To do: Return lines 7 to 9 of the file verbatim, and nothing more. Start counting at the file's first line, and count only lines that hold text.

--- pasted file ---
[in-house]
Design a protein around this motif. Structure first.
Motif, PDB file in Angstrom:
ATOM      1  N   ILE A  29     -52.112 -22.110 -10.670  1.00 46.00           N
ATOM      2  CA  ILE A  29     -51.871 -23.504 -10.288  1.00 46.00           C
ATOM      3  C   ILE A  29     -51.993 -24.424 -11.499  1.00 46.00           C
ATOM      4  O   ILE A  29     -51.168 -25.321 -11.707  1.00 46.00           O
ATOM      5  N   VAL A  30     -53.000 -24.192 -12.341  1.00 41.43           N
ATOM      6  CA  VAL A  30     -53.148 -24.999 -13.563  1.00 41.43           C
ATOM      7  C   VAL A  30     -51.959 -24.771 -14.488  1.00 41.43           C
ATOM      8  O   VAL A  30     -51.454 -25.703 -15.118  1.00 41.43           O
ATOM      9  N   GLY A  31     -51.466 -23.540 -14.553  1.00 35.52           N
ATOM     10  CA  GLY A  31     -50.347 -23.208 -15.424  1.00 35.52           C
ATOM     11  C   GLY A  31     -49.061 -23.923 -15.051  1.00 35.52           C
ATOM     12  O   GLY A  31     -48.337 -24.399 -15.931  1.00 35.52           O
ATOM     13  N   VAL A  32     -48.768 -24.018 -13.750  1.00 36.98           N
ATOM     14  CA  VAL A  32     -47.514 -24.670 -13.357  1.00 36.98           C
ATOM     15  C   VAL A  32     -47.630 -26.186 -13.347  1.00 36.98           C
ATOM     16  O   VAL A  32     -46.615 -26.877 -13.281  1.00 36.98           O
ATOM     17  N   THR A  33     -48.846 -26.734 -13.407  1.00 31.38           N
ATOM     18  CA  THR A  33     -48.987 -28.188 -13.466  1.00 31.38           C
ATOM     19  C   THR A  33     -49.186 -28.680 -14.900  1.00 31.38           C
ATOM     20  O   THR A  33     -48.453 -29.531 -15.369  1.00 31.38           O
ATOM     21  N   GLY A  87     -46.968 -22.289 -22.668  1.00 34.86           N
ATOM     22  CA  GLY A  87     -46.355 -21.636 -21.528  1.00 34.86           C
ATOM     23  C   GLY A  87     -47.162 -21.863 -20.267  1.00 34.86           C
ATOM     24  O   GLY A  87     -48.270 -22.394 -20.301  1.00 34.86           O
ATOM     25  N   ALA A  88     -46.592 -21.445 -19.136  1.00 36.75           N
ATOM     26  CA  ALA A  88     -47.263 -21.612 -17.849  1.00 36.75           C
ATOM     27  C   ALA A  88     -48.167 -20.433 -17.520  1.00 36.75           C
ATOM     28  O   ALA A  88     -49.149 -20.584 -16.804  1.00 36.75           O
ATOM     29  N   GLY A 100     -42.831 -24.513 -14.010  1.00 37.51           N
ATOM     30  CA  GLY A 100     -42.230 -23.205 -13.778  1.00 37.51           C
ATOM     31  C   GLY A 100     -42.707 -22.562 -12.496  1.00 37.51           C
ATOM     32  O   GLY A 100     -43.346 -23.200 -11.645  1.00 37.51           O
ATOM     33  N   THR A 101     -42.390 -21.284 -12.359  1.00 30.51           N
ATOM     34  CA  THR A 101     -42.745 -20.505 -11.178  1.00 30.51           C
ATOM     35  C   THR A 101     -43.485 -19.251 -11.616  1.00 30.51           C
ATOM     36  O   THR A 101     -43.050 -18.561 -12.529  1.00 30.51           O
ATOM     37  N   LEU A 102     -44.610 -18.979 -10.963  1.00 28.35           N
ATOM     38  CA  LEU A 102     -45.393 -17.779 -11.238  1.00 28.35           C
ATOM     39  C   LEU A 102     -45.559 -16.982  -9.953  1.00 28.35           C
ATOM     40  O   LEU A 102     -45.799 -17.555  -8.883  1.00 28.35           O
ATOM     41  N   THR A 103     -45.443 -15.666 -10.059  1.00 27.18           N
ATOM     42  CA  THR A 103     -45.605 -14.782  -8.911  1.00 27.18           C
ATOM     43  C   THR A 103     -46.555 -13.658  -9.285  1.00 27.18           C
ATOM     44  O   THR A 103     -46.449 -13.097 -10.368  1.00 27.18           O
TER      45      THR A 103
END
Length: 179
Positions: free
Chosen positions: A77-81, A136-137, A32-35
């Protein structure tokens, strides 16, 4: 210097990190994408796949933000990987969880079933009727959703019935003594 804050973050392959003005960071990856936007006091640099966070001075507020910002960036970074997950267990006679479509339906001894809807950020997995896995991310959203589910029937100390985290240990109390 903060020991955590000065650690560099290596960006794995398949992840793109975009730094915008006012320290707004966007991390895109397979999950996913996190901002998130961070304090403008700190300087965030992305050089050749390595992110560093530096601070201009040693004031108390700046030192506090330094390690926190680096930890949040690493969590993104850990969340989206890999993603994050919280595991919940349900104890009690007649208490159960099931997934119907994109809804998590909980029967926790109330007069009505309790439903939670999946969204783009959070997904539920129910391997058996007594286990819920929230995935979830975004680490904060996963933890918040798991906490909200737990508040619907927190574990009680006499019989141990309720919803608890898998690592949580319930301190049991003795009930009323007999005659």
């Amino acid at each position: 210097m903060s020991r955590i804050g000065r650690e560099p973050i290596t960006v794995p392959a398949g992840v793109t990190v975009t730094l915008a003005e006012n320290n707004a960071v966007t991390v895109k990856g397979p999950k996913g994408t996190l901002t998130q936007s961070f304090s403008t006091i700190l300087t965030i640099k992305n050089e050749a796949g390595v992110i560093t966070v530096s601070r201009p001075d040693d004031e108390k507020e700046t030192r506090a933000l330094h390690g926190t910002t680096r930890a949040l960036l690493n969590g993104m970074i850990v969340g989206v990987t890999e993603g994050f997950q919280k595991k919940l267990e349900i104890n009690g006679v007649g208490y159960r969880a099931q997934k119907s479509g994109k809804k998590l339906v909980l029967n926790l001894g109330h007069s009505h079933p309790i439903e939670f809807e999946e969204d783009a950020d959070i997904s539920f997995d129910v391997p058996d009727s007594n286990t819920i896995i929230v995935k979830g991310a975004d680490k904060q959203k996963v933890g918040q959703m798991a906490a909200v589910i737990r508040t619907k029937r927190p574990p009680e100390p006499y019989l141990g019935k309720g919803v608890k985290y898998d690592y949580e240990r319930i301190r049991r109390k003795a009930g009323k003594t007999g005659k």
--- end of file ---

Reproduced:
ATOM      4  O   ILE A  29     -51.168 -25.321 -11.707  1.00 46.00           O
ATOM      5  N   VAL A  30     -53.000 -24.192 -12.341  1.00 41.43           N
ATOM      6  CA  VAL A  30     -53.148 -24.999 -13.563  1.00 41.43           C